The phenomenal growth in telecommunications and information technology is not lost on the State Department. To get a handle on the technology revolution's impact on the art of statecraft, the department yesterday hosted the first of five seminars in a series entitled "Reinventing Diplomacy and Development for on Online World."
"Half the people in the world today do not have telephones," said J. Brian Atwood, administrator of the Agency for International Development, at yesterday's seminar. "But that is changing."
And it is changing fast. According to James P. Bond, chief of the World Bank's Telecommunications and Informatics Division, worldwide Internet technology grew by 94 percent from 1990 to 1995; cellular phone technology by 51 percent; and telephone technology by 5.8 percent.
The telecommunications boon holds much promise for the developing world, Bond said. Information technology can reduce the isolation of poor, remote regions of the world; open business opportunities; improve education and health care; and enable governments to become more efficient and more democratic.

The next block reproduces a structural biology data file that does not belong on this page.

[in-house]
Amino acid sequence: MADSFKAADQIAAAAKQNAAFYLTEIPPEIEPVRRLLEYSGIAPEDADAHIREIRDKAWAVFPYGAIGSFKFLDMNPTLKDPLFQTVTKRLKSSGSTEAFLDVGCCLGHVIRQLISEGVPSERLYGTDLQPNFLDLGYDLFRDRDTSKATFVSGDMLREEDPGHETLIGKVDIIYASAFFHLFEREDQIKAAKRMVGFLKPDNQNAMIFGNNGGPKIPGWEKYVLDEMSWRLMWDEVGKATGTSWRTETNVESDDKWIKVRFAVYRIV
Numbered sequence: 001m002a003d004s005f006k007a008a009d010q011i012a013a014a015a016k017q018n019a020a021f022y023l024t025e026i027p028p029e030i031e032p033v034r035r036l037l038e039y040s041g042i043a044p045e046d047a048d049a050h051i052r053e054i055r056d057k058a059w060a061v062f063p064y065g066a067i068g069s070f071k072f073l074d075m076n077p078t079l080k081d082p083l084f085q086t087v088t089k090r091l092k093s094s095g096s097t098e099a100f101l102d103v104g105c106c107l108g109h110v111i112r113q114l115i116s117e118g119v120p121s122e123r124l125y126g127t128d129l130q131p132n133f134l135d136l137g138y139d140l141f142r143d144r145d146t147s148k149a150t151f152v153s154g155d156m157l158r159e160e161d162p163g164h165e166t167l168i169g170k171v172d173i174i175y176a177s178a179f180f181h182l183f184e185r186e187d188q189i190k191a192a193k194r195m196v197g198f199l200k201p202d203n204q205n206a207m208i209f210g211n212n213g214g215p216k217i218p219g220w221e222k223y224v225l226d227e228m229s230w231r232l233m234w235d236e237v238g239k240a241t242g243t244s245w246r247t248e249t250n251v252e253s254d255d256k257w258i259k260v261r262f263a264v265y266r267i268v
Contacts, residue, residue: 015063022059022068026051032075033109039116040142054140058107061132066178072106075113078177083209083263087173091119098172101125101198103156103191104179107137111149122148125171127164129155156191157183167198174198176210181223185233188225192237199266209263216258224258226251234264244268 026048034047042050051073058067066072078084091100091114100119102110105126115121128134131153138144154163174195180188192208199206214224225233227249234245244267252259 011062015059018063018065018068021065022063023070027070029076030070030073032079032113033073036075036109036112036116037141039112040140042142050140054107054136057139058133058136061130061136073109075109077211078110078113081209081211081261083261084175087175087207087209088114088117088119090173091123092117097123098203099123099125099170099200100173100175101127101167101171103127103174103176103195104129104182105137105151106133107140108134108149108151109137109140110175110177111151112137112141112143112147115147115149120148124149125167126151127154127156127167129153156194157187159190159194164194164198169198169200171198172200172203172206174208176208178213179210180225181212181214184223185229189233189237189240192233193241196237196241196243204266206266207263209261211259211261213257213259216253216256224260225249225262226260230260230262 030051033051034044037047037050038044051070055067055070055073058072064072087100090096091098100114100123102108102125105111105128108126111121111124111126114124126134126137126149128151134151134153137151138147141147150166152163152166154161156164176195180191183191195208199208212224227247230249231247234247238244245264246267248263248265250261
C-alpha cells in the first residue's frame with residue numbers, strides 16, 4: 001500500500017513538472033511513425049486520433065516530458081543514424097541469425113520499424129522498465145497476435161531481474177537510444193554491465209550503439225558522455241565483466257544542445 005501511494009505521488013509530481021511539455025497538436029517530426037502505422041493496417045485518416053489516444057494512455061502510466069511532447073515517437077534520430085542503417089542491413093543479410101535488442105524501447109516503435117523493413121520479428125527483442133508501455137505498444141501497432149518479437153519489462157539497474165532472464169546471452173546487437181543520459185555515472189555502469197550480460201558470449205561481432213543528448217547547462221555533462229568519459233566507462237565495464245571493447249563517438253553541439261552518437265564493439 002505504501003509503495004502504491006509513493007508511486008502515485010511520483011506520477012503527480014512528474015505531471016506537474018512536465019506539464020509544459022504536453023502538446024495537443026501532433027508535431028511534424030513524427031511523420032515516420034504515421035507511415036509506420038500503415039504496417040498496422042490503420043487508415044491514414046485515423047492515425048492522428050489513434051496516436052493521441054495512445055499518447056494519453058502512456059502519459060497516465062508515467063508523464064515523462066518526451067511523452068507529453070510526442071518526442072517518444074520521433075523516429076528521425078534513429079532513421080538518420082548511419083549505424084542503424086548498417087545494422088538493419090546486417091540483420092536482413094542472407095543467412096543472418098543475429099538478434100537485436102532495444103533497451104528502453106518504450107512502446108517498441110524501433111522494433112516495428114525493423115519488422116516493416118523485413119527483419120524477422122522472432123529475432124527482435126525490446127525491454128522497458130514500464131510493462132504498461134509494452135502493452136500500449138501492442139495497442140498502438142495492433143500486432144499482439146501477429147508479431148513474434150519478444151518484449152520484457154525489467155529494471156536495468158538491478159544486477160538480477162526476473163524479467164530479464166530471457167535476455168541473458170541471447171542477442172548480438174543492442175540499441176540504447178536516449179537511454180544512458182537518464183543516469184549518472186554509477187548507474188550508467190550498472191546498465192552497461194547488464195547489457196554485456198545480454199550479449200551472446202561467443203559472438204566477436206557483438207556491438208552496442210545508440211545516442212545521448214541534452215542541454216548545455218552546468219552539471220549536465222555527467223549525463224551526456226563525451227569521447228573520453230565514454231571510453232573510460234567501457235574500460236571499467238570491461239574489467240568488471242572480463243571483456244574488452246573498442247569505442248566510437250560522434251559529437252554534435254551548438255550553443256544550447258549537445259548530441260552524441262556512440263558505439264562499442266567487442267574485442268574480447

"It is the end of geography," Bond said.
The State Department seminar series, conducted in cooperation with AID, the U.S. Information Agency and the Department of Commerce, is designed to promote critical discussion in the diplomatic and international business communities. Future topics include: reengineering diplomacy and development through information technology (April 11), getting wired for diplomacy and development (May 13), electronic commerce and international trade (June 10) and information technology for crisis diplomacy (July 8).